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Studies on the causes of mortality of the estuarine bivalve Macoma balthica under conditions of (near) anoxia
de Zwaan, A.; Babarro, J.M.F. (2001). Studies on the causes of mortality of the estuarine bivalve Macoma balthica under conditions of (near) anoxia. Mar. Ecol. (Berl.) 138(5): 1021-1028
In: Marine Ecology (Berlin). Blackwell: Berlin. ISSN 0173-9565, more
Peer reviewed article  

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    Clams; Fauna; Growth; Invertebrates; Invertebrates; Invertebrates; Oxygen; Responses; Responses; Survival; Tolerance; Marine

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  • de Zwaan, A., more
  • Babarro, J.M.F.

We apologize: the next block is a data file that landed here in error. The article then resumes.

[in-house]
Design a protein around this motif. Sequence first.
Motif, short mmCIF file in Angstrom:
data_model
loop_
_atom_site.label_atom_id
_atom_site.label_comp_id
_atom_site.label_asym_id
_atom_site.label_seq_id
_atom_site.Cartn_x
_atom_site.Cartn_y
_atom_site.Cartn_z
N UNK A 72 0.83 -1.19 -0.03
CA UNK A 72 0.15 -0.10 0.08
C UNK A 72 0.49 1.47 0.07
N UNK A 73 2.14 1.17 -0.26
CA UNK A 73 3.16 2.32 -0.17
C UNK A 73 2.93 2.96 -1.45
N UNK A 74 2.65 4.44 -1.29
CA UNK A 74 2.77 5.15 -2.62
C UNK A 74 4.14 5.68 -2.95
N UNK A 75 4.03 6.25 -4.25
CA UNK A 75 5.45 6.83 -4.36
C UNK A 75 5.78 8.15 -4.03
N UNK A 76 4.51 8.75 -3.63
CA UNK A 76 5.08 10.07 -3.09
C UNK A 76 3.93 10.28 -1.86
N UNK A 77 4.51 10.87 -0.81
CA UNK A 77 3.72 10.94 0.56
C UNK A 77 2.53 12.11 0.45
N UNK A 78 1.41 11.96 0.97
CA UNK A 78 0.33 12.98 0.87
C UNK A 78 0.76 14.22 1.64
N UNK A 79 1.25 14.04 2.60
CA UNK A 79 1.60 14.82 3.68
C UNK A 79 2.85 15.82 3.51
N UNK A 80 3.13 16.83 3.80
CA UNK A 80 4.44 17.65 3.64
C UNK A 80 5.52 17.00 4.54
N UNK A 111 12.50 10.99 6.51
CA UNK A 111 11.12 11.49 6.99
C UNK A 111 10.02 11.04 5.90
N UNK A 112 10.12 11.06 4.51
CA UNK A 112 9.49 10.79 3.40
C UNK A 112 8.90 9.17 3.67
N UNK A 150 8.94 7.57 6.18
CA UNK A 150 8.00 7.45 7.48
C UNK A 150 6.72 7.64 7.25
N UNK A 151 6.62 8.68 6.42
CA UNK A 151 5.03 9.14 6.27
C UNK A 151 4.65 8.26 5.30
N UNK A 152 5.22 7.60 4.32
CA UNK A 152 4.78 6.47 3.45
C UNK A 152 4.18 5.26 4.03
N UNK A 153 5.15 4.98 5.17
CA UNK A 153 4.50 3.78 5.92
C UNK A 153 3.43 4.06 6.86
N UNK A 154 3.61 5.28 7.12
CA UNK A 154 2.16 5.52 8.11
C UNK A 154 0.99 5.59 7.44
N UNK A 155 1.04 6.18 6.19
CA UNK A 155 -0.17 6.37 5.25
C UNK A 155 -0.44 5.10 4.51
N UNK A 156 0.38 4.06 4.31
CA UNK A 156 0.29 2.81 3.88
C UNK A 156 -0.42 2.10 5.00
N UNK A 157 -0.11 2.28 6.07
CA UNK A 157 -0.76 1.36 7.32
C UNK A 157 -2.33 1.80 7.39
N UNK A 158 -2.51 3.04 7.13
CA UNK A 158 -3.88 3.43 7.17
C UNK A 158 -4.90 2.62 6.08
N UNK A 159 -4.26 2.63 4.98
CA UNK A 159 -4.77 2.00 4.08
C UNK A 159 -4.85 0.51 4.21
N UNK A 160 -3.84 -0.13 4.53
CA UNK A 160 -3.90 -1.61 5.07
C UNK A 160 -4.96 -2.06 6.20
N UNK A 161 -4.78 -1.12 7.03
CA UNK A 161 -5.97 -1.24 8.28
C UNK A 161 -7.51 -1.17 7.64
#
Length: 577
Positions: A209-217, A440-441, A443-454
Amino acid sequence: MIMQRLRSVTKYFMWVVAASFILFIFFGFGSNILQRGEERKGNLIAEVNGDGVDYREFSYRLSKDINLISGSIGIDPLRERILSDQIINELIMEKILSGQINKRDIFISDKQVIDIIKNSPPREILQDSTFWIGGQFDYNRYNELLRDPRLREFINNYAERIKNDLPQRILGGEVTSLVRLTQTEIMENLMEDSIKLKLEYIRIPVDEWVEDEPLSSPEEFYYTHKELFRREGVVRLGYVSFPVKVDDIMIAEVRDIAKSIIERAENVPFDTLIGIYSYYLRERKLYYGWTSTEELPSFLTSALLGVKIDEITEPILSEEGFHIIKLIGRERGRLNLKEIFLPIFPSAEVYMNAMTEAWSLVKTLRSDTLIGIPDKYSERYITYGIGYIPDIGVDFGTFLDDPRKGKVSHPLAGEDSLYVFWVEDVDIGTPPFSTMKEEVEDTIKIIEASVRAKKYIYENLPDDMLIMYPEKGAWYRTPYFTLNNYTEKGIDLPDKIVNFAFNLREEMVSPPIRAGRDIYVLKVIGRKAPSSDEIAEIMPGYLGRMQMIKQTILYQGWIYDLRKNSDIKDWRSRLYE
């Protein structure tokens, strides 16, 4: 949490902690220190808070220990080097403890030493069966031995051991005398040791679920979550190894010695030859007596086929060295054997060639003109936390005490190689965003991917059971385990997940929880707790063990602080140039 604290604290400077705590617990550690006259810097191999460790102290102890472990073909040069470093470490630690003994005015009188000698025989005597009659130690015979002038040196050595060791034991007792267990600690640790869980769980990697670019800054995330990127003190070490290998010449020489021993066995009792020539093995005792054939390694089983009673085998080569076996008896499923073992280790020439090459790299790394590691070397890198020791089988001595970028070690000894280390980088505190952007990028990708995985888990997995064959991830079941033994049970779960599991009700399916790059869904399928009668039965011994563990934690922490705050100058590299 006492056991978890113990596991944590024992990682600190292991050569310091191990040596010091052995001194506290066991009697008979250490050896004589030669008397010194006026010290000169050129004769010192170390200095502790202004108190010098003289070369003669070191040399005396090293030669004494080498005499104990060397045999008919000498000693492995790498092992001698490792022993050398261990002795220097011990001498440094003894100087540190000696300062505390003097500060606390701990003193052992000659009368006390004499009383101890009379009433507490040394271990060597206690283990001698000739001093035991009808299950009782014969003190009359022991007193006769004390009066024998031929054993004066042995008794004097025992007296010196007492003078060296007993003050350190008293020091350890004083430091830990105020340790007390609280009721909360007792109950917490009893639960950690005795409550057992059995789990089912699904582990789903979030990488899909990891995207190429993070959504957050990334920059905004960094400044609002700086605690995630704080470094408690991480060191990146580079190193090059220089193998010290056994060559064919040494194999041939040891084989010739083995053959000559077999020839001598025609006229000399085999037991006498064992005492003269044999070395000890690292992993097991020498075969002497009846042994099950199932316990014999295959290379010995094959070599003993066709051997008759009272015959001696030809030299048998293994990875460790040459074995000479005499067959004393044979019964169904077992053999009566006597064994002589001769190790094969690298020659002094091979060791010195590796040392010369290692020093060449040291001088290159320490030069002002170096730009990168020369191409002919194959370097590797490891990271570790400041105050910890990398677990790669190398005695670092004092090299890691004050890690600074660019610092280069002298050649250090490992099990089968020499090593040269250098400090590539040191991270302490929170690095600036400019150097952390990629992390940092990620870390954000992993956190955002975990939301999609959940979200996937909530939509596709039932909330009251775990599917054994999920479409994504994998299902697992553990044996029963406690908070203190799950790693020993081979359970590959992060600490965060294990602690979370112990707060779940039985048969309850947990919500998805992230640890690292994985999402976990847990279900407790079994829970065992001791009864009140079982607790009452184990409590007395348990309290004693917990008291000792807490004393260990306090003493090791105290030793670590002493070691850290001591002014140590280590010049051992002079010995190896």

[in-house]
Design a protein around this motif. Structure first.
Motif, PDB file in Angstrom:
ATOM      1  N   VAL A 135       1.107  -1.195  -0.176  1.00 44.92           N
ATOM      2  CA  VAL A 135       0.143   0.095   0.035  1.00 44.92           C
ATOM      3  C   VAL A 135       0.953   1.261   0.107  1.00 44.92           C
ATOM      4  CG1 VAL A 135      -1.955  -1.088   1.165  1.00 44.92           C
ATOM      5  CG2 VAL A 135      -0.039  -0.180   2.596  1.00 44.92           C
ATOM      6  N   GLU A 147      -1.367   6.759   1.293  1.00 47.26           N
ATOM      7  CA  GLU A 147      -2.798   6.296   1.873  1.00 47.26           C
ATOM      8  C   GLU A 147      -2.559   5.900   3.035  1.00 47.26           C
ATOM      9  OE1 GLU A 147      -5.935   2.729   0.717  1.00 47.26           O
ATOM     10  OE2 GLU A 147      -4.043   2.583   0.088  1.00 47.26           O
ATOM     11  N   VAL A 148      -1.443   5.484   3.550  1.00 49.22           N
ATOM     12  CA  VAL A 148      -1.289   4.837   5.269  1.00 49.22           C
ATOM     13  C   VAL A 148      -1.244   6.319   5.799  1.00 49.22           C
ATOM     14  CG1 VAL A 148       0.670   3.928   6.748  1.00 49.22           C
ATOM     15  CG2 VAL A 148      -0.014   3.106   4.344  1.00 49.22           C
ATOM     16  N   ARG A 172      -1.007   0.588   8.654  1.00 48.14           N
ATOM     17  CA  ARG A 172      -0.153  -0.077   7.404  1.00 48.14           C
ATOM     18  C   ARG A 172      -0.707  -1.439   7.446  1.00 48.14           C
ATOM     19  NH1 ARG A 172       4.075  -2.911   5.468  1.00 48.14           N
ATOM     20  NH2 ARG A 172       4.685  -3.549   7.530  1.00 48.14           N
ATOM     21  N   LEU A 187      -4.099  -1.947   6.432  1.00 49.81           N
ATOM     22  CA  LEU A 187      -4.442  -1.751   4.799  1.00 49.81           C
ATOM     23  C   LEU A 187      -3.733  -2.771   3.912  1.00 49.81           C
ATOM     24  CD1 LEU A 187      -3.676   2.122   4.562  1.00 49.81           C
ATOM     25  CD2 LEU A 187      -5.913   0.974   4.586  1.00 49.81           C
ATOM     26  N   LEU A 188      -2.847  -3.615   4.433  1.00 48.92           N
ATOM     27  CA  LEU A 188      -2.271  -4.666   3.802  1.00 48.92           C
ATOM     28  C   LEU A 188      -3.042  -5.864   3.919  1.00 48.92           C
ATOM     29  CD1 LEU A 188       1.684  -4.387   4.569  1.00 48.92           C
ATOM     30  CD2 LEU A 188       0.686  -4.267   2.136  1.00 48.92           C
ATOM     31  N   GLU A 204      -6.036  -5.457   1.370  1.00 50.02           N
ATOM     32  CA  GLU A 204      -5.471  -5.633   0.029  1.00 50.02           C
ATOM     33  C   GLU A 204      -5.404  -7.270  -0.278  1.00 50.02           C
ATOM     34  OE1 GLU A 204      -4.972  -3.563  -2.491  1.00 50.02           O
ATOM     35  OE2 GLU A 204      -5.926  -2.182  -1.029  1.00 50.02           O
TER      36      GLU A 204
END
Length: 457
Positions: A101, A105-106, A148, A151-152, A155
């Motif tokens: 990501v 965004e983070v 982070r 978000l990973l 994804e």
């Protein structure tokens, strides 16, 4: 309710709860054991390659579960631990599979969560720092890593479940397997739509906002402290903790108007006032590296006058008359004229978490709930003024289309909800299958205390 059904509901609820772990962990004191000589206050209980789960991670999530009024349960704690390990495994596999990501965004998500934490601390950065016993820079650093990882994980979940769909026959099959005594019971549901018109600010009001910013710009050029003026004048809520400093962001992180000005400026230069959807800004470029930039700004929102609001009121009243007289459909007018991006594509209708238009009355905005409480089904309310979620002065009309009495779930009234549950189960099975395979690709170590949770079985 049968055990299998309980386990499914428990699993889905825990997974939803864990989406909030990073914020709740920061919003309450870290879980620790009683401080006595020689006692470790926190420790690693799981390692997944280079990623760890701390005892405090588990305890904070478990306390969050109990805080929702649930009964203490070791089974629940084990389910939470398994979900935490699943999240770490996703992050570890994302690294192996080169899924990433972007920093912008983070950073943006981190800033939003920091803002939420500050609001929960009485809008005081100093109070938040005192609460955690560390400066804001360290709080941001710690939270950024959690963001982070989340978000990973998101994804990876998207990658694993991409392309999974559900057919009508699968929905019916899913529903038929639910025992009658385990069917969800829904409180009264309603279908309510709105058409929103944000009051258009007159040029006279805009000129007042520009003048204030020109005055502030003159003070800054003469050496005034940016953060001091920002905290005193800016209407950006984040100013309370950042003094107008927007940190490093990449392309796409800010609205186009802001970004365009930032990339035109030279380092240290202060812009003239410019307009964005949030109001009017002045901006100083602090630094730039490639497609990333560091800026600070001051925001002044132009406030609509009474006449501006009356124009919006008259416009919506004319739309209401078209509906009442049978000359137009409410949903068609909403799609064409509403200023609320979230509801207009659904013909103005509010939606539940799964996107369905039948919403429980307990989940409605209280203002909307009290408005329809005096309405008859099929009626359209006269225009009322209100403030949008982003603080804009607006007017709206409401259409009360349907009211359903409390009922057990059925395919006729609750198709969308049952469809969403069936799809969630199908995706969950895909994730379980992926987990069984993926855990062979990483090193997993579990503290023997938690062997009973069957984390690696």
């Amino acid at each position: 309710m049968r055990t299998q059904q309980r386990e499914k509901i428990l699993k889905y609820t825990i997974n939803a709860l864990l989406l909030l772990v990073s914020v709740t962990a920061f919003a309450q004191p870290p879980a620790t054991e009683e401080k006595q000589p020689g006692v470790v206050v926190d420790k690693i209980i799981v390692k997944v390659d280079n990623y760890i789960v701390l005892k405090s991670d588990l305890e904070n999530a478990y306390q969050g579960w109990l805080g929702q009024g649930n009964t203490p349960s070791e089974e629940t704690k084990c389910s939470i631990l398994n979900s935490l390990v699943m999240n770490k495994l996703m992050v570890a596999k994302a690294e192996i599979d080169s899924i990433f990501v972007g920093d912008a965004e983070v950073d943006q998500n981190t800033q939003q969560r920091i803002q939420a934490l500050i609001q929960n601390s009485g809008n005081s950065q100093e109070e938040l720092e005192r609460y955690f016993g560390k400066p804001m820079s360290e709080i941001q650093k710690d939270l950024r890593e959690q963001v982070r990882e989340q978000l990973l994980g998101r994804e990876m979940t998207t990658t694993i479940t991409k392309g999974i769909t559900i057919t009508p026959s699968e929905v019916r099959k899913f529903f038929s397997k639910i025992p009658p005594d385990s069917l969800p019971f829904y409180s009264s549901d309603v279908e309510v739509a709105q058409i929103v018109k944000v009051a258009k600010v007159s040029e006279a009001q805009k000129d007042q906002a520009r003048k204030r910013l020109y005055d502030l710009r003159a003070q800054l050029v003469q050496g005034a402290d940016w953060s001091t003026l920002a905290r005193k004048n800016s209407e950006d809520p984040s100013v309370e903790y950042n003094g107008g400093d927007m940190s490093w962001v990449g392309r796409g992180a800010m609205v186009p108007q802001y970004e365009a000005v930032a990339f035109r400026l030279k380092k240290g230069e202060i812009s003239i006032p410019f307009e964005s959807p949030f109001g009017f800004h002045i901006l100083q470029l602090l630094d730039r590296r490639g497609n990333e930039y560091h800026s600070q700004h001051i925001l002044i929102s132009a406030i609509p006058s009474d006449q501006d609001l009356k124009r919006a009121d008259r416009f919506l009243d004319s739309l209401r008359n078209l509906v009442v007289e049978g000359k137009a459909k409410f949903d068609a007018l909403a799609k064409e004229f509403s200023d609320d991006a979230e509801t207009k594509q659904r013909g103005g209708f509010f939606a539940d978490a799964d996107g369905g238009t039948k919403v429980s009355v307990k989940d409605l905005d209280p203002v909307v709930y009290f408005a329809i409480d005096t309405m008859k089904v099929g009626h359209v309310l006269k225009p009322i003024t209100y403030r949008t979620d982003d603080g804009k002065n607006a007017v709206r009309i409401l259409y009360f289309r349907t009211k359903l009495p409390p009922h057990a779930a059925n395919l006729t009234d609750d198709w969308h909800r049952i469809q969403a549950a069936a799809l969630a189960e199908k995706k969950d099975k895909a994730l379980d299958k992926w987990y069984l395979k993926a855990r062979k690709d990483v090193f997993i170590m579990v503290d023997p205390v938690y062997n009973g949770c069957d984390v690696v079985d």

Survival of the bivalve Macoma balthica in (near) anoxic seawater was studied in a static system and a flow-through system and compared with emersed exposure to air and NZ In the static system, a decrease in pH and exponential accumulation of sulphide in the incubation medium were observed, indicating excessive growth of (sulphate-reducing) bacteria. These changes in the chemical environment were prevented by the use of a flow-through system. However, this treatment hardly affected survival time. Median mortality times were 8.3 and 9.0 days for the static and flow-through incubation, respectively. Addition of the antibiotic chloramphenicol strongly increased survival time in both systems with corresponding values of 17.9 and 23.0 days. A similar value was obtained for survival in air (LT50= 21.7 days). In a second experiment (1 year later), we obtained much lower values for anoxic survival in a static system, although laboratory conditions, season and temperature were similar. The pH values were adjusted to 6.5, 7.2 and 8.2 by buffering the media (25 mM Tris-HCl), and the corresponding LT50 values were 5.5, 5.7 and 4.7 days, respectively. In the presence of chloramphenicol the values were 10.8, 10.9 and 9.5 days, respectively. These values show that a slightly acidic medium increased survival time. Exposure to an atmosphere of N-2 resulted in a survival time close to that in anoxic seawater without chloramphenicol (LT50 = 6.4 days). Overall the results indicate that proliferation of anaerobic bacteria associated with the bivalves was the main cause of death. Since chloramphenicol also displayed a strong positive effect in the flow-through system, which prevented the accumulation of released waste products and a decrease of pH, bacterial damage must have been by injury of the tissues of the clams and not by the release of noxious compounds to the medium. Bacterial outbreaks are a part of every anoxic event (eutrophication), and therefore, in their habitats, direct bacterial infection may also be the cause of clam mortality. It is concluded that laboratory studies on anoxic tolerance, or impact of sulphide, may produce artefacts when no precautions are taken to suppress bacterial proliferation.

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